This workshop is a 4-day instructional workshop (and not a forum for contributed presentations) and involves lectures and laboratory exercises aimed at providing details of the internals of GCC (GNU Compiler Collection).

Workshop: June 30 - July 03 2012   

Slides: July 10 2012
Hostel IP Addresses: June 30 2012
Change in Venue: June 20 2012
Workshop Schedule: June 16 2012
Selected Candidates: June 01 2012
Registration closed: May 31 2012
What's New?: May 13 2012
GCC Code Carnival: May 13 2012

GCC is the de-facto standard compiler generation framework on GNU/Linux and many variants of Unix. In the last 25 years of its existence, it has seen a rapid growth and wide acceptability.

What is GCC?

GCC, an acronym for GNU Compiler Collection, is a compiler generation framework which generates production quality optimizing compilers from descriptions of target platforms. It follows an open development model whereby its source is available for all for inspection and modification. It supports a wide variety of source languages and target machines (including operating system specific variants) in a ready-to-deploy form. Besides, new machines can be added by describing instruction set architectures and some other information (eg. calling conventions).

Novices may want to see the  Wikipedia introduction to GCC. For experts, the GCC page contains a wealth of information including installation instructions, reference manuals (which include users' guides as well as details of GCC internals), a set of frequently asked questions, a wiki page for the developers of GCC, additional reading material, and several mailing lists for more detailed issues and queries. An excellent description of GCC internals can also be found on Wikipedia.

GCC celebrates 25th anniversary

Youtube link to 1989 - 2012 Development History of GCC.

From the release announcement:

"When Richard Stallman announced the first public release of GCC in 1987, few could have imagined the broad impact that it has had. It has prototyped many language features that later were adopted as part of their respective standards — everything from "long long" type to transactional memory. It deployed an architecture-neutral automatic vectorization facility, OpenMP, and Polyhedral loop nest optimization. It has provided the toolchain infrastructure for the GNU/Linux ecosystem used everywhere from Google and Facebook to financial markets and stock exchanges. We salute and thank the hundreds of developers who have contributed over the years to make GCC one of the most long-lasting and successful free software projects in the history of this industry."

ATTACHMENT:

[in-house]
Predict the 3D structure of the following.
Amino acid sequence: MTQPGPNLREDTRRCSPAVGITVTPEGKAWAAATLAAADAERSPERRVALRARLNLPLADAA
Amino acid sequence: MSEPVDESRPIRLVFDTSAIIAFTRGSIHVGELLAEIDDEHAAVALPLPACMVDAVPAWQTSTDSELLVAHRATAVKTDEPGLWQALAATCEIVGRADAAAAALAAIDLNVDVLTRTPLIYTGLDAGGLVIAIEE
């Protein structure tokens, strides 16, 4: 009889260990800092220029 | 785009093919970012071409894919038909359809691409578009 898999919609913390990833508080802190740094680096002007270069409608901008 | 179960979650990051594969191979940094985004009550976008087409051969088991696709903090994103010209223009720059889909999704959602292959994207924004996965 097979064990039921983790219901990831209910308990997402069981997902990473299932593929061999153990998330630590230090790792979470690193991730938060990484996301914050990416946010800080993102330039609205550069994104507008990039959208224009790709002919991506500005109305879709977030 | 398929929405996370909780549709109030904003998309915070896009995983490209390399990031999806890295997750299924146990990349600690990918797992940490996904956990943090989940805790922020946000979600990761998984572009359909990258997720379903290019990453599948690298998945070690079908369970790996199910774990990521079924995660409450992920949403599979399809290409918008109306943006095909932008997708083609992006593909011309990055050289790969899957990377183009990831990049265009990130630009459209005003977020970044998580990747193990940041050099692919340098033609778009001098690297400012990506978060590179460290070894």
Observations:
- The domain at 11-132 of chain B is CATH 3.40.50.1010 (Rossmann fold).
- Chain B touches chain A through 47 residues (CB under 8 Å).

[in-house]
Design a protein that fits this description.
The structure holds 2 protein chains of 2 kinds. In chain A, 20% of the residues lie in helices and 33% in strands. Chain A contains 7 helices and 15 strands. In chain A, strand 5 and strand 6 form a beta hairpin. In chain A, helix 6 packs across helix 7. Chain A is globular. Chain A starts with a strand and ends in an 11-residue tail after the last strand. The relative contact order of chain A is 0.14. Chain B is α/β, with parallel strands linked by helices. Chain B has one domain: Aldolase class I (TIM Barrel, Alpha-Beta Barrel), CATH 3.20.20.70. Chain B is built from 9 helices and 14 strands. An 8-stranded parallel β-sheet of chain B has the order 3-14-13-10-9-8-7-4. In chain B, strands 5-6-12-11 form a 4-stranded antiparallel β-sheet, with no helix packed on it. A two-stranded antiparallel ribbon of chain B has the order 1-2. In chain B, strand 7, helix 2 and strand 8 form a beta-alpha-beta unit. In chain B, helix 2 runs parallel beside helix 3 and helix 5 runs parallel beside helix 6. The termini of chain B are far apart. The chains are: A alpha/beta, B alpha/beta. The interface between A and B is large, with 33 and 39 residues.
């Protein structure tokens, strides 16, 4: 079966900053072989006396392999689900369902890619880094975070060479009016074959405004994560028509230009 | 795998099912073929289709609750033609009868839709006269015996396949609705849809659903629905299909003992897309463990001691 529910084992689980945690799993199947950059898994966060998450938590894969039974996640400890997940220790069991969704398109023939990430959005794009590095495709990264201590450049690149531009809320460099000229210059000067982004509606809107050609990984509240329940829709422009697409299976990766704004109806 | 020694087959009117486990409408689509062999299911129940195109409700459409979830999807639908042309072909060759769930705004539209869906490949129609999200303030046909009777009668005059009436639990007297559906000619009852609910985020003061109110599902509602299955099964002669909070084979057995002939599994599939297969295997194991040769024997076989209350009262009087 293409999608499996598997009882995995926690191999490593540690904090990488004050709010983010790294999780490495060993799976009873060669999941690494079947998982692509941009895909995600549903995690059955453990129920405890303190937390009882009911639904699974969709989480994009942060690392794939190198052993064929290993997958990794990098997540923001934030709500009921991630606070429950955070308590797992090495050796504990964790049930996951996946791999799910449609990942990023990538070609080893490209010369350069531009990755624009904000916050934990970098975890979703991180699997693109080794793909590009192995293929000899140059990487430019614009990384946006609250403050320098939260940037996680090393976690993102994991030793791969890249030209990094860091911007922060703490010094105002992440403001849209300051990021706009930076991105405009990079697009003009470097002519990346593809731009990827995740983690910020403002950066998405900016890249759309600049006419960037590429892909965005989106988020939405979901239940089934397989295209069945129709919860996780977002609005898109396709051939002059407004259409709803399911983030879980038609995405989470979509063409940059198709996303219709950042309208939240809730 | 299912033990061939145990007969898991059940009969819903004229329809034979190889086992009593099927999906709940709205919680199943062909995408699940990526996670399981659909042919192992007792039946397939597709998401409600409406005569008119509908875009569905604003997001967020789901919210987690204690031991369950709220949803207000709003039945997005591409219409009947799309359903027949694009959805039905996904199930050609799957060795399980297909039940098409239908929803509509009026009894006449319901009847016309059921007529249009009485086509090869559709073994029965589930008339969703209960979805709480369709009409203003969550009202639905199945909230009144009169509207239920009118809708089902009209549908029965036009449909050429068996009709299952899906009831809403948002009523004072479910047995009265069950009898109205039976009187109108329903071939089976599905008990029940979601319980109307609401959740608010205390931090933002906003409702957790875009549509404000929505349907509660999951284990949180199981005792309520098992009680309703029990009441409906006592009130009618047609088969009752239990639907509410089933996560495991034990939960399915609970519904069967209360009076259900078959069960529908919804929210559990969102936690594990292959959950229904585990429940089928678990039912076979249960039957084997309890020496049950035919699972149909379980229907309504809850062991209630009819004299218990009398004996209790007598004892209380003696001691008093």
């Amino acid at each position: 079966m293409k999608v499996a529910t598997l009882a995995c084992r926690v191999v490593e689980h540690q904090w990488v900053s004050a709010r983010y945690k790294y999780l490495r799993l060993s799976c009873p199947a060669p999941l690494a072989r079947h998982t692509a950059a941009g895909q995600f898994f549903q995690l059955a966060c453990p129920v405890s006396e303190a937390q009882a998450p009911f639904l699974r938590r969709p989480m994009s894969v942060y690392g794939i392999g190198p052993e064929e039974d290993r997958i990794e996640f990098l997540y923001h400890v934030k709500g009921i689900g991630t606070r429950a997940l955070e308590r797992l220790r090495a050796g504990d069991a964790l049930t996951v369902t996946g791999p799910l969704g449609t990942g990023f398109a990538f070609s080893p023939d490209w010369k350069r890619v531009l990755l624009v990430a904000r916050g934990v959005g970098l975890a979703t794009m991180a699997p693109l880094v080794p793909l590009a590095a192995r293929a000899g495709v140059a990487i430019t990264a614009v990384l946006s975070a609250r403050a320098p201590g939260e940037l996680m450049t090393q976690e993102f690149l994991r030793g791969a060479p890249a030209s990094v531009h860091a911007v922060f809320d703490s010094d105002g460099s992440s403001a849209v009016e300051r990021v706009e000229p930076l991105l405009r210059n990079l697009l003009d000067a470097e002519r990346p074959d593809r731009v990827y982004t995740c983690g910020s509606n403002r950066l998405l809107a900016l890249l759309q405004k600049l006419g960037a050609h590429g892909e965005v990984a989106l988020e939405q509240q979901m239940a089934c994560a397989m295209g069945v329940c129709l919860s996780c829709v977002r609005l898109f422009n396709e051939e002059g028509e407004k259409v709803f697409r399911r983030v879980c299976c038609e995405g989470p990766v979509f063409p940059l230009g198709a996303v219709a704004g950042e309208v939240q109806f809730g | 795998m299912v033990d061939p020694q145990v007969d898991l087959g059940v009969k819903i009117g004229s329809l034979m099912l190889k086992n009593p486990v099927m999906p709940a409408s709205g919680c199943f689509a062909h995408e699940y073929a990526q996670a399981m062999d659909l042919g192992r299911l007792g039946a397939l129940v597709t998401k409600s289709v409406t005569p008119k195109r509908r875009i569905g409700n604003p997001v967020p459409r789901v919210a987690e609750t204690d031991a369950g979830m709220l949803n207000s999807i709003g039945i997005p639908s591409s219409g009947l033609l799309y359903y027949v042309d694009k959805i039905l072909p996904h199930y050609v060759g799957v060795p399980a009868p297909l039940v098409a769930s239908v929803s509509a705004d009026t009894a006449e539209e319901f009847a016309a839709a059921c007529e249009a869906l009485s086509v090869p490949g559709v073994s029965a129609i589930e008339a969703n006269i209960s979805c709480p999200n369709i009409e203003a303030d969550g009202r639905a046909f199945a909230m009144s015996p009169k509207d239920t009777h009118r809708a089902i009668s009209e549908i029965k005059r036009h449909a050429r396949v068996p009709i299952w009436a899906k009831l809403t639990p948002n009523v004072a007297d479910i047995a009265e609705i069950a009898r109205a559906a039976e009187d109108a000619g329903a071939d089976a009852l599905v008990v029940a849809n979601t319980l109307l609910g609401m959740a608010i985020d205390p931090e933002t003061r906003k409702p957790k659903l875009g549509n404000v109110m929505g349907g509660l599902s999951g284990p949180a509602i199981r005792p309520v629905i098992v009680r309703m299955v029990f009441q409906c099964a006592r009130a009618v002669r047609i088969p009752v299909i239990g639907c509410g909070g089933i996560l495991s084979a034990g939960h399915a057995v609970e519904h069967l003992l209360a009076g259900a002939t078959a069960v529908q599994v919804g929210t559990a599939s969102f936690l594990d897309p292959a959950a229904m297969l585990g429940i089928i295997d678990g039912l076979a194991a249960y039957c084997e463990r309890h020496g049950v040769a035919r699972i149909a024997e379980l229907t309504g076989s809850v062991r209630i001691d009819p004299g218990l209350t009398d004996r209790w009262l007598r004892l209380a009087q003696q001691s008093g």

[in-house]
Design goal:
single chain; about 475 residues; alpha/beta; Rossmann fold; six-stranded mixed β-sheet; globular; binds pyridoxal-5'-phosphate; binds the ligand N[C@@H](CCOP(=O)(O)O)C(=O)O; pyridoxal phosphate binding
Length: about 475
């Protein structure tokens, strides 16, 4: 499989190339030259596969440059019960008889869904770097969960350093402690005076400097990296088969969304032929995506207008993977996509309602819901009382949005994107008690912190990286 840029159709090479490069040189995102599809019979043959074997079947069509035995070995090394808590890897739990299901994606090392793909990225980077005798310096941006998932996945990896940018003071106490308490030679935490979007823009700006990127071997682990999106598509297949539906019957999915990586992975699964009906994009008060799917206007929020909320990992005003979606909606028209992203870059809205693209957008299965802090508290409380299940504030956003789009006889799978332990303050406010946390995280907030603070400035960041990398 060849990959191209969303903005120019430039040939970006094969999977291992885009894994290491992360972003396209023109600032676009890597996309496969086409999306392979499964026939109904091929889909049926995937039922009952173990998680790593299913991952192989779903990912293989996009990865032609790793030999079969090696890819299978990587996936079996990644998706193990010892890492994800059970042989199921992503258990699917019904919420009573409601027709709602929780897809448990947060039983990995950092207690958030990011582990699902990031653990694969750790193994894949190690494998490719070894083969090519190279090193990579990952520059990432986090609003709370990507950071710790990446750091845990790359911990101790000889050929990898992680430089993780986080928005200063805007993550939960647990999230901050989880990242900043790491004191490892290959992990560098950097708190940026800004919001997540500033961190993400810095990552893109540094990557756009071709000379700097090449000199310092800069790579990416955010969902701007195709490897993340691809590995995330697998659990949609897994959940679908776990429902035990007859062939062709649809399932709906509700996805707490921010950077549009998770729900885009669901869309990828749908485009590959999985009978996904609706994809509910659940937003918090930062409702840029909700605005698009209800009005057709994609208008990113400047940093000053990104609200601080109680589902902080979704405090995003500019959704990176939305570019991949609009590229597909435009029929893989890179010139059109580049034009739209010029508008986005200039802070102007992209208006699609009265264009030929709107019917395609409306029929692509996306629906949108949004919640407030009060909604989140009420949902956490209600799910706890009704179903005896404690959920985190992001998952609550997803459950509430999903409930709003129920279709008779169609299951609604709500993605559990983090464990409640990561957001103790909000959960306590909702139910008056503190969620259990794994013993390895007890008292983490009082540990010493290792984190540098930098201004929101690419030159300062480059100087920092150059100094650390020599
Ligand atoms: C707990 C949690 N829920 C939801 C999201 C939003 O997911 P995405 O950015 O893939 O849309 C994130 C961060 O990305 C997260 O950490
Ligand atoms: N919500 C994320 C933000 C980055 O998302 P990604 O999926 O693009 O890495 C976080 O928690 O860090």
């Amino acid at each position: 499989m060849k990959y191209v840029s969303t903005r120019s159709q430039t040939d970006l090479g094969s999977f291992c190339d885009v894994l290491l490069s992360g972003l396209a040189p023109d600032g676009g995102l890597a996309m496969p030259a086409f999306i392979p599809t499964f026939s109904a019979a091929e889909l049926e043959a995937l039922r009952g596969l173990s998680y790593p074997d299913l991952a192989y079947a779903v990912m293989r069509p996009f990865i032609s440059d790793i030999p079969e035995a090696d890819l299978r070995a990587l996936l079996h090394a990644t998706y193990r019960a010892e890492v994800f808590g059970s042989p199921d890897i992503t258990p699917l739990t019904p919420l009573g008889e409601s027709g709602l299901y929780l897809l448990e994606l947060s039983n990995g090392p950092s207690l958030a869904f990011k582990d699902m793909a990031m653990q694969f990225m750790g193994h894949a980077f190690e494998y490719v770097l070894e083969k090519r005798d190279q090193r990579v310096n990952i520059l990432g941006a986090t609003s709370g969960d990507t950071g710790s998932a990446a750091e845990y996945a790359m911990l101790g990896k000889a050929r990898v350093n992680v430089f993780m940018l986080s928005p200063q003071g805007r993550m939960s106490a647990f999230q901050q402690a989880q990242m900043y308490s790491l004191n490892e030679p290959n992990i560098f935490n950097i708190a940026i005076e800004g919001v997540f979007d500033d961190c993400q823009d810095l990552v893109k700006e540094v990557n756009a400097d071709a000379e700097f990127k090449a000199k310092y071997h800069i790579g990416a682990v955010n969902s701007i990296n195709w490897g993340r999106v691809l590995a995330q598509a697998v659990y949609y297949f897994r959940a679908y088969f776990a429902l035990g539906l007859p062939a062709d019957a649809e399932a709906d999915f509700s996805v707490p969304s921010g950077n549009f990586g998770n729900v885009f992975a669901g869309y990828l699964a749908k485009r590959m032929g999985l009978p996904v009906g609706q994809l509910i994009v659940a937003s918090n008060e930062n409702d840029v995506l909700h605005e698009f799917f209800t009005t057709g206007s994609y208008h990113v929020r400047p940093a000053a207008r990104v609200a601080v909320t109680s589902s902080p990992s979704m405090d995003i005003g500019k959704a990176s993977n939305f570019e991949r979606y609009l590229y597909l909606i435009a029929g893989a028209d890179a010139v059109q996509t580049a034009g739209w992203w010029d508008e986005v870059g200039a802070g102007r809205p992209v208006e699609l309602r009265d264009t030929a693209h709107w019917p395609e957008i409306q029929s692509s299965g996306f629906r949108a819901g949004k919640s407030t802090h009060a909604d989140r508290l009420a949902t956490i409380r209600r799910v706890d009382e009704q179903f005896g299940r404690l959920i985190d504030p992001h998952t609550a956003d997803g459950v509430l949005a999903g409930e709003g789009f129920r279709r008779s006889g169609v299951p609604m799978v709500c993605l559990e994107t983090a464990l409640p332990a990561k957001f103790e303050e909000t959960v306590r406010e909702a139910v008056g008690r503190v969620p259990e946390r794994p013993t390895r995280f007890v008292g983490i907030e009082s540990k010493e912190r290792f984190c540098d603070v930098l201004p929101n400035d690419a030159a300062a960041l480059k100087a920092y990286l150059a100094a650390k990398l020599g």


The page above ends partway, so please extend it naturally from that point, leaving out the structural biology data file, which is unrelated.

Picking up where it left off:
Who should attend this workshop?

Anybody who has done at least a first level undergraduate course in compiler construction and has some experience of either working in compilers or teaching compilers. A sound understanding of the process of compilation is a must. Familiarity with Unix/Linux (particularly, the command line style of working) is absolutely necessary. We have identified some homework exercises to be done before the participants arrive for the workshop.

Take-aways from the workshop

After attending this workshop

  • A teacher of compiler construction will be able to take examples of real compilation processes to illustrate the difference phases of compilation
  • A compiler developer wanting to retarget GCC to a new machine will know how to write machine descriptions systematically
  • A researcher exploring machine independent optimizations will be able to add data flow analysis based optimization passes to GCC
  • A researcher exploring retargetable compilation will be exposed to real issues in an industry strength compiler
  • A software engineer will be exposed to the architecture of a very large and very successful software

Structure of the workshop

This a 4 day workshop from June 30, 2012 to July 3, 2012. The offering of the workshop has a lot of new material and all the material has been upgraded to GCC 4.6.2.

Here is a conceptual structure of the coverage and a detailed workshop schedule.

What is new in this workshop?

This workshop differs from the past workshop in the following two ways:

  • Coverage: We intend to cover data flow analysis, more details of LTO frameworks, and machine descriptions using specRTL. We also plan to use and release some tools that we have developed for understanding GCC. These include build browsers and compilation browsers.

  • GCC Code Carnival: In an attempt to involve a larger number of people in our research and development, we plan to inaugurate a GCC Code Carnival  in this year's workshop. This is a programming contest. We will hold a session to describe the projects. You can take up any of these projects and implement them after the workshop at your own locations and submit the code later. We can assist you with this through email or face to face during the workshop. It is not necessary for you to attend the workshop for participating in the contest but attending it will make it easier for you to participate.